By David Shepardson
WASHINGTON (Reuters) - The top U.S. communications regulator urged Apple Inc to activate FM radio chips installed in iPhones that would allow Americans to get access to life-saving information when a natural disaster causes wireless networks to go down.
Federal Communications Commission Chairman Ajit Pai said on Thursday that Apple was the one major phone manufacturer that has not activated the chips.
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"It is time for Apple to step up to the plate and put the safety of the American people first," Pai said in a statement. "I hope the company will reconsider its position, given the devastation wrought by Hurricanes Harvey, Irma and Maria."
An Apple spokesman did not immediately comment on Thursday.
U.S. Senator Bill Nelson, a Florida Democrat, also said Apple should activate the chips.
"The bottom line is consumers need critical information in times of emergency," Nelson said in a statement. "If technologies, such as radio chips, exist that will help do that during times of emergencies, then companies should be doing everything in their power to employ their use."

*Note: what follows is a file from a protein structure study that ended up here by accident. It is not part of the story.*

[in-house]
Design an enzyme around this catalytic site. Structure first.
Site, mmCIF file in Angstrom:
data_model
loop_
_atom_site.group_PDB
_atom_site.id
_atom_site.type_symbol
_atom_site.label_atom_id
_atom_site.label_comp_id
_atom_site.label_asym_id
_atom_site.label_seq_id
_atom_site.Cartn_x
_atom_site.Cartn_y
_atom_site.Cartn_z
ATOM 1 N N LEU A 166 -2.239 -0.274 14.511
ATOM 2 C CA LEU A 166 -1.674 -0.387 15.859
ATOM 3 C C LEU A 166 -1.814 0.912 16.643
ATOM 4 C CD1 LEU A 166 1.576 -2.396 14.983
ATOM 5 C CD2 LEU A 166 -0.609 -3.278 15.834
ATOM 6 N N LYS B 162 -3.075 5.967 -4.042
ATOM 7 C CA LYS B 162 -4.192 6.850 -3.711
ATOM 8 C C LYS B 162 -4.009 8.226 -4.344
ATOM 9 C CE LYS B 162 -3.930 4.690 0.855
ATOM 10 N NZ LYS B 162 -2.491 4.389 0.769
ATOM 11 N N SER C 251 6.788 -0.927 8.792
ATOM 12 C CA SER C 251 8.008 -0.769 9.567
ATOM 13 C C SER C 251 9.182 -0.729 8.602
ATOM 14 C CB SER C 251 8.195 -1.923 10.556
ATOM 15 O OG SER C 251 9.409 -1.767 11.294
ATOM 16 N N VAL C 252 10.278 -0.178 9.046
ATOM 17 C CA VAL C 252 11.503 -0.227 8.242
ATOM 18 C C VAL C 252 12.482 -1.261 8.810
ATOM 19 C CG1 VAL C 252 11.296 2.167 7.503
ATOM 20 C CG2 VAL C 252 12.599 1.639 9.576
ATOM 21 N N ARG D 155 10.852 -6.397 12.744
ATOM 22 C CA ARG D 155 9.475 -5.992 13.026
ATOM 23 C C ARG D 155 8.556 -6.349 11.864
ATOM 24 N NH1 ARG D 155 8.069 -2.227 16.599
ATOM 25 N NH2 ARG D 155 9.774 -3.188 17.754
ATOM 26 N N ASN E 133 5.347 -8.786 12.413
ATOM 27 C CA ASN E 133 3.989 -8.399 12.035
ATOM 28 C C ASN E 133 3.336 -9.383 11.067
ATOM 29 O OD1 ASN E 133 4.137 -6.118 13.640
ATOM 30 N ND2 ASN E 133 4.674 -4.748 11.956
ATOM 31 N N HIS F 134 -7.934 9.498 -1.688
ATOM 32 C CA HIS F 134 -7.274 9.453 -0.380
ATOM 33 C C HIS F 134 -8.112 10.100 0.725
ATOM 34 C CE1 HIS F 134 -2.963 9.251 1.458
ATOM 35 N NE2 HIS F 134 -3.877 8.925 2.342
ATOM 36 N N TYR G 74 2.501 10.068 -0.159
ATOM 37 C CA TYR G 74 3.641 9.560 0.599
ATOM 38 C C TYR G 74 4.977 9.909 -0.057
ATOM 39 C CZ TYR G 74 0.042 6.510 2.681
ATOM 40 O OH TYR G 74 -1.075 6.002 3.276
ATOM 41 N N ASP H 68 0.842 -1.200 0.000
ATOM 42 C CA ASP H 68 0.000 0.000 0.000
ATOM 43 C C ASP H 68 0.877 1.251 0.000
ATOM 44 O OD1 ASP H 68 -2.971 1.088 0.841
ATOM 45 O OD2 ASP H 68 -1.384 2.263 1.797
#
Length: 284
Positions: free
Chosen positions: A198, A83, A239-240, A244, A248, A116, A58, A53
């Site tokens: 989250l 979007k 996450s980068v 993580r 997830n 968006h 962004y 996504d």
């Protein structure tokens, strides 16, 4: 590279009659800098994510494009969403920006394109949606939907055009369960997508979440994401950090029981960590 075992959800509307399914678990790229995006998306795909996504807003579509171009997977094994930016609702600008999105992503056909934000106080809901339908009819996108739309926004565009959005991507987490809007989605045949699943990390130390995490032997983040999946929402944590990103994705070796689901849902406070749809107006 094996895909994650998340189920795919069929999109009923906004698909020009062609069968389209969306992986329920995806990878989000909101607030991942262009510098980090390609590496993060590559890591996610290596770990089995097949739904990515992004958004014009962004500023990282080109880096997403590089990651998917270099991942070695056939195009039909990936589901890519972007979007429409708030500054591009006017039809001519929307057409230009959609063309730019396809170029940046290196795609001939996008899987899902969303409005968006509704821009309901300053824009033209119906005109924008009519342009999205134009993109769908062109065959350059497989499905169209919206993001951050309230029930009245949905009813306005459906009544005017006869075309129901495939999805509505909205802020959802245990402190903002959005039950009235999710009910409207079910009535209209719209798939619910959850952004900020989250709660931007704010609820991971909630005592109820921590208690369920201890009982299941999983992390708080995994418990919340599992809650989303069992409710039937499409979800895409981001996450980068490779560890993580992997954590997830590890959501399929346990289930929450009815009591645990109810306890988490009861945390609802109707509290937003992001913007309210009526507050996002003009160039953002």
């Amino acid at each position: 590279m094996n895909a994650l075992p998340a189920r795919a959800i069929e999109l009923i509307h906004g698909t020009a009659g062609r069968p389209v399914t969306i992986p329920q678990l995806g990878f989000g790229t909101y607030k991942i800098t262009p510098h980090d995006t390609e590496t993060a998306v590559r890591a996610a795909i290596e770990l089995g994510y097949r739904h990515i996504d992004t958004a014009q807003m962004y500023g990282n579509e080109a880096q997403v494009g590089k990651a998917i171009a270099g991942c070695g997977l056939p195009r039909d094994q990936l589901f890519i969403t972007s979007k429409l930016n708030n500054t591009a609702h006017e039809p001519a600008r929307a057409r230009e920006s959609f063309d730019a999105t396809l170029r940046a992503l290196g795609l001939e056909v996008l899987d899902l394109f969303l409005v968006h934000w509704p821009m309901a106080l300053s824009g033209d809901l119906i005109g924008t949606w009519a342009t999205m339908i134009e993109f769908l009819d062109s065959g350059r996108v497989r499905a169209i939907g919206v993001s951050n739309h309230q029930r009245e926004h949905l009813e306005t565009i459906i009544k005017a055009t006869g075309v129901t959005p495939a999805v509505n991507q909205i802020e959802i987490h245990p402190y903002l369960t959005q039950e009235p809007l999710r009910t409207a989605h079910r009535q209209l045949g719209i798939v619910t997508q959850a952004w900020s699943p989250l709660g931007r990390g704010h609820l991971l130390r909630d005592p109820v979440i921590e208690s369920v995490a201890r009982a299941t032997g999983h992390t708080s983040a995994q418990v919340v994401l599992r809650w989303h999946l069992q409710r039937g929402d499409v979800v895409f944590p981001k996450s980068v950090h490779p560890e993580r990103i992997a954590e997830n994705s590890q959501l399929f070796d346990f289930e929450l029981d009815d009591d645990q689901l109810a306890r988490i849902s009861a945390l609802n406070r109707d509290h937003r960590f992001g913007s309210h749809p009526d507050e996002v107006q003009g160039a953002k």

National Association of Broadcasters Chief Executive Officer Gordon Smith praised bipartisan backing for activating the chips. "We urge Apple to acknowledge the public safety benefits of local broadcasting on SmartPhones and to light up the FM chip," Smith said in a statement.
FCC Commissioner Jessica Rosenworcel, a Democrat, also backed the effort asking Apple to activate the chips.
The FCC said on Wednesday that more than 90 percent of cell sites in Puerto Rico and two-thirds of those in the U.S. Virgin Islands were out of service after hurricanes damaged them.
(Reporting by David Shepardson; Editing by Chizu Nomiyama and Lisa Von Ahn)